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Nightbringer - Hierophany of the Open Grave [Season Of Mist - 2011]

The perhaps inanely named US black metal band Nightbringer released their third full length, "Hierophany of the Open Grave" in 2011, an earnest attempt to create a dense, cerebral epic within the black metal idiom. They bring a polish and class to their craft which few in the genre possess, something that could potentially turn off fans of DIY or stripped down black metal.

Much of the modern black metal scene has diverged significantly from its roots, exploring the minimalist ambient fringes on one end of the spectrum, and delving into the genre's stripped down thrash influences on the other. This, what some call 'orthodox black metal', falls directly in the middle, closer to many of the genre's progenitors.

Nightbringer continues revisiting the glories of albums like "In the Nightside Eclipse", aping Emperor's unique mix of punkish ferocity, majestic ('emperial') arrogance and loftiness, and complex, classically informed songwriting. Unlike Emperor, they are clearly neither European nor classically trained, and the result is significantly less cohesive and orchestrated, as well as less adventurous. But to even approach the imposing presence of Emperor takes great technique and charisma.

Nightbringer is very focused on songwriting, almost to the detriment of the performance, which is note-perfect but at times lacks character. The two guitarists remain the most prominent element in the music, and also the most successful. They weave massive tapestries of atonal melancholy, great cathedrals of ascending and descending lines resonating with an arcane logic. Their tremolo picking never ceases nor slows, and they really turn this style of playing into an expressive art unto itself. Devilish odd intervals are structured into an infernal system. Fleeting moments remind me of Romantic symphonies (again, not as often as with Emperor).

Furthermore, they have an intuitive sense of how long to repeat and develop a riff before a tempo change, and keep things groove centric and memorable / digestable. The band prefers a mid paced dirge-like rhythm, it would seem, as I had a sense that the slower sections outnumbered the fast by the time album ended. Plodding monsters like "Psychagogoi", "The Gnosis of Inhumation" and "The Angel of Smokeless Fire" (which has a nice organ sound, making it a real dirge) are the meat of the album.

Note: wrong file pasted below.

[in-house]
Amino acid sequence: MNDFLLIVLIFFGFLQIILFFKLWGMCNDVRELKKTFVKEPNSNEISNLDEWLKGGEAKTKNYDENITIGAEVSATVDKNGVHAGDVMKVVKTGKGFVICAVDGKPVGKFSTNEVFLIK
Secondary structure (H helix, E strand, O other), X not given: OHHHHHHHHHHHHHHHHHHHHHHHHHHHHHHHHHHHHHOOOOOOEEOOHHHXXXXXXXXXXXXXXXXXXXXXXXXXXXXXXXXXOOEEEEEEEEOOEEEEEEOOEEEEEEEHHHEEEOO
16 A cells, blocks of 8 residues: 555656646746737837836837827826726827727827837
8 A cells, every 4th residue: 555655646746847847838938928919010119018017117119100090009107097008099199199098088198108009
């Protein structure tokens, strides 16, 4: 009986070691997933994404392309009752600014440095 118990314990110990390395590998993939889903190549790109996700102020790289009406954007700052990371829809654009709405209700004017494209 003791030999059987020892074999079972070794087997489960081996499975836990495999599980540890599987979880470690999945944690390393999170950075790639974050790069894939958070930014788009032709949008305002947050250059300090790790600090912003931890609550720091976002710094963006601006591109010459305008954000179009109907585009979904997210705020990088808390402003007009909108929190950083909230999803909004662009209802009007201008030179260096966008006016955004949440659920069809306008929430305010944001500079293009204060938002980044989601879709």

Every track is absolutely solid and provides a lot of food for thought. The first track is a cliched but quite powerful introduction, the traditional black metal invocation with a thunderous drum, soon joined by chanting in rhythmic delayed patterns. "Dreaming Above the Sepulcher" is probably the most ambitious thing here, a through-composed scalar meandering of guitar melodies that swells from nothing and repeats very little, rising consistently over its 5 minutes.

I must say the ending, "Old Night", is anti-climactic, since there's nothing particularly more 'final' about it than any other track on the record; everything here was already made to sound apocalyptic and urgent, and they fail to kick it up a notch here. The track ends in a dull fade out, and I find myself thinking, "that's it?". I'm surprised they didn't do something more grandiose for the finale, considering this hour long album is quite the large-scale composition.


The vocals are oratorical in style, a disdainful spitting of wordy poetic phrases hurled in a speaking rhythm over the blast beating. The style of delivery never changes, and it's not really unique, but the singer makes himself powerfully heard at several key moments on the record. The lyrics, while great on paper, seem somewhat overthought and garbled in their meanings within the context of the music.


The band's bravado is ultimately their undoing. All the aggression and pomposity has really stifled the true sadness and vulnerability that often comes out in black metal. In other words, this album is much closer to the sound of the armies of Satan on the march than the tortured lament of an estranged misanthrope. They keep a certain emotional distance, and there's not much for me to relate to here, unless I really try hard to listen through the band's self-imposed image. My enjoyment of the album is more intellectual than emotional.


Conclusively, this is an album for black metal nerds and guitar players who like to delve into the details of dissonant sonorities of tremolo picked lines. If you're not already a fan of black metal, you will almost inevitably think all the songs on this hour long record sound much the same, both to each other and to other black metal, and to a large extent this is true. Nightbringer treads little new ground with "Hierophany of the Open Grave", but for fans of the genre it's certainly a polished and complete opus, with a lot of potential replay value. If you're a guitarist, increase my rating to 4/5.

Rating: 3 out of 5Rating: 3 out of 5Rating: 3 out of 5Rating: 3 out of 5Rating: 3 out of 5

Josh Landry
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